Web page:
What Medical Dispensaries Need to Know about HIPAA: The Backstory
When HIPAA was enacted, the internet was still relatively new. But it was clear to lawmakers that with the possibility of instantaneous sharing of medical files and other personal information, some protections were going to need to be enacted. As such, HIPAA can be defined as a system that:
- Ensures the confidentiality, integrity, and availability of all electronic protected health information (PHI)
- Detects and safeguards against anticipated threats to information security
- Protects against anticipated impermissible uses or disclosures
- Certifies compliance by healthcare providers and any associated staff
The way PHI is defined by HIPAA is fairly broad: Any health data that is created, shared, received or stored by any healthcare entity or associated business.
Some medical dispensaries have operated under the mistaken assumption that because cannabis remains illegal under federal law, they aren’t bound by HIPAA. This isn’t true; because medical dispensaries by definition are providing healthcare, all patient information needs to be kept in compliance with HIPAA. Failure to do so can invite some fairly hefty fines from the Department of Health and Human Services.
The good news is that HIPAA compliance isn’t particularly complex or onerous. In fact, many of the steps needed—like protecting your customers’ data—are things you should be doing as a matter of course. Let’s walk through the necessary procedures and precautions.
What Medical Dispensaries Need to Know about HIPAA: Basic Protocols
Like any federal law, the actual text of HIPAA is long and written in legislative-speak, which for many of us is difficult to decipher. But in daily use, a number of key points up come up in regards to medical cannabis dispensaries, including:
- HIPAA Notice: Any dispensary that handles PHI must post a HIPAA notice that provides a clear, user-friendly explanation of customers’ rights regarding their personal health information and the privacy practices of the dispensary. This should take the form of a physical sign in the dispensary, but also be shared via any other communication channels—like email or SMS—the customer opts in to.
- Does this mean every single text message includes a HIPAA disclaimer? No. But if you handle any PHI, make sure your customers can see the notice the first time they opt in.
- Checking Your Check-In Security: Make sure the computer terminal you use to check in patients, verify their medical prescription or recommendation, and catalog their purchases is secure. You should be running premium antivirus software on this (and all) computers, and run regular checks on your network to mitigate the chance of a data breach.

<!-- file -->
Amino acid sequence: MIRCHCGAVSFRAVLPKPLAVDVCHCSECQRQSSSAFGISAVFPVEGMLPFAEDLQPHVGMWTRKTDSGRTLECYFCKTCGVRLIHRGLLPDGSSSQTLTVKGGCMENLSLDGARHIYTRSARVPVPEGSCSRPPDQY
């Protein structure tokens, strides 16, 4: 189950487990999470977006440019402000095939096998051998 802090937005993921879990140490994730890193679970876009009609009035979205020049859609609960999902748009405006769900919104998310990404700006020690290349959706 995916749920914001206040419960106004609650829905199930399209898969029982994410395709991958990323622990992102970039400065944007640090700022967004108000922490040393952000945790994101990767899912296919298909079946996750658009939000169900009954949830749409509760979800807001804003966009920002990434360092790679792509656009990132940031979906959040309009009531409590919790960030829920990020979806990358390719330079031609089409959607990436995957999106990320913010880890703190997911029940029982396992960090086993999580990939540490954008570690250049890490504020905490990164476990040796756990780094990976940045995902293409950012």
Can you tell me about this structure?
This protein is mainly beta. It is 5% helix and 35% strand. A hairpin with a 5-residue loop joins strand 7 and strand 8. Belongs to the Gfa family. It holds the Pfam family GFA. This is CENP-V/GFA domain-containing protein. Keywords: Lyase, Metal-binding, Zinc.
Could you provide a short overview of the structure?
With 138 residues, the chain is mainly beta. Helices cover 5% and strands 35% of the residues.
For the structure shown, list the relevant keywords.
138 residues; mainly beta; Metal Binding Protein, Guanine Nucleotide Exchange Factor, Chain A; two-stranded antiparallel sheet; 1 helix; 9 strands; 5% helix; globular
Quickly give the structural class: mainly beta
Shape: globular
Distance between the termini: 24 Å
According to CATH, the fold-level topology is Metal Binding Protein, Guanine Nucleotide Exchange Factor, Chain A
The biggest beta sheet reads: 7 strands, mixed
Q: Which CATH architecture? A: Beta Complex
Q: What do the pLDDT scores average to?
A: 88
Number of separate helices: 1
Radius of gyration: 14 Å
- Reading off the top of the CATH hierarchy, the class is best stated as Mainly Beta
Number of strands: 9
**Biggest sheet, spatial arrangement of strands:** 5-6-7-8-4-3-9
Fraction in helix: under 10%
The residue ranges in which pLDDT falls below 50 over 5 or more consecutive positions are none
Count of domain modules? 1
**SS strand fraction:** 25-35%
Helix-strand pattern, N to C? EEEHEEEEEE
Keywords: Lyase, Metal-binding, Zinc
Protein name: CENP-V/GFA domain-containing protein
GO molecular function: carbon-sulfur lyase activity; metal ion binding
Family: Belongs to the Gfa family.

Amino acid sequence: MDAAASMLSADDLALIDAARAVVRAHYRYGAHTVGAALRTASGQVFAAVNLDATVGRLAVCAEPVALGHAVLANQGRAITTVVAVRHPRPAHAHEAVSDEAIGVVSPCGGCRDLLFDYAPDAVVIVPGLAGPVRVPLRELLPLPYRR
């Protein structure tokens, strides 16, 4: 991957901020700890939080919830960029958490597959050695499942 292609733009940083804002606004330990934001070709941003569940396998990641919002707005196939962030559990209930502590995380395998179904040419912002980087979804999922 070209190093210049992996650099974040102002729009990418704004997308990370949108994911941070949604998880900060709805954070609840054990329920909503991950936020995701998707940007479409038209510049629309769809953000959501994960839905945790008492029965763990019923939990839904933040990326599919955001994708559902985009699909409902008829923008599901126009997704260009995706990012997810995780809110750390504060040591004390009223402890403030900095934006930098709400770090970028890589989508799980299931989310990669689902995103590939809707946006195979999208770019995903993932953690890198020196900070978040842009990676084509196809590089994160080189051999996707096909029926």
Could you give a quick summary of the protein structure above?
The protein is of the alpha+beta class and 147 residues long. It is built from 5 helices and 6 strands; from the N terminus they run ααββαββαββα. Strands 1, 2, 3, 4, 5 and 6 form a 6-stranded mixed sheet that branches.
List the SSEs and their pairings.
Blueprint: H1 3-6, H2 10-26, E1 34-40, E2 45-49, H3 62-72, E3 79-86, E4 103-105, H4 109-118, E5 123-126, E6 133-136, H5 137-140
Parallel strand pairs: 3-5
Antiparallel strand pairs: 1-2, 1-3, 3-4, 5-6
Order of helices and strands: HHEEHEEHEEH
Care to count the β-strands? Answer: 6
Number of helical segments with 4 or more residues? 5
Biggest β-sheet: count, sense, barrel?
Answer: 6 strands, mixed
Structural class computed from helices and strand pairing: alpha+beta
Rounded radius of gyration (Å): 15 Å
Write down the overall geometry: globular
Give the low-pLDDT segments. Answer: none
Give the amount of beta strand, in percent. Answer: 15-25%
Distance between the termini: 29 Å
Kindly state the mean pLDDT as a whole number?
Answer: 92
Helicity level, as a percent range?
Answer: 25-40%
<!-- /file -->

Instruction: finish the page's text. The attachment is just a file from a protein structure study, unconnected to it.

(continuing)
- Institute HIPAA Training: Any member of your staff who has access to customers’ PHI needs to be trained in basic HIPAA protocols. Again, this shouldn’t be overly difficult; teach staff to maintain best practices such as closing out of browser windows immediately after customer interactions are complete so that no one encounters customer data they shouldn’t have access to.
- Can you mention medical conditions in your blogs and newsletters? Absolutely! You can even highlight patient stories (a great way to create compelling content!). Just don’t share any information that personally identifies customers unless that has given you permission to do so. And even then, using an alias is a good idea.
- Segmentation Security: We talk a lot about segmenting your customer data so that you can better target and refine your marketing outreach. But while your local state database may give you information regarding a specific patient’s medical condition or symptoms, you shouldn’t use this as a criterion for segmentation. For one thing, it creates another avenue for data to leak out; for another, it probably runs afoul of HIPAA statutes, which dictate that in most cases, patients supply written authorization for their information to be used in any marketing capacity.
Instead, we suggest that you ask patients to self-identify why they’re interested in using cannabis—for instance for anxiety, nausea, sleep, or pain relief—and segment them that way. That way, you’re not potentially disclosing any medical information through your segmentation efforts.
As you see, day-to-day HIPAA compliance isn’t particularly challenging. But when you’re first setting up your POS, CRM, and other data platforms, it’s important that you find solutions that are fully compliant with HIPAA and other data privacy laws.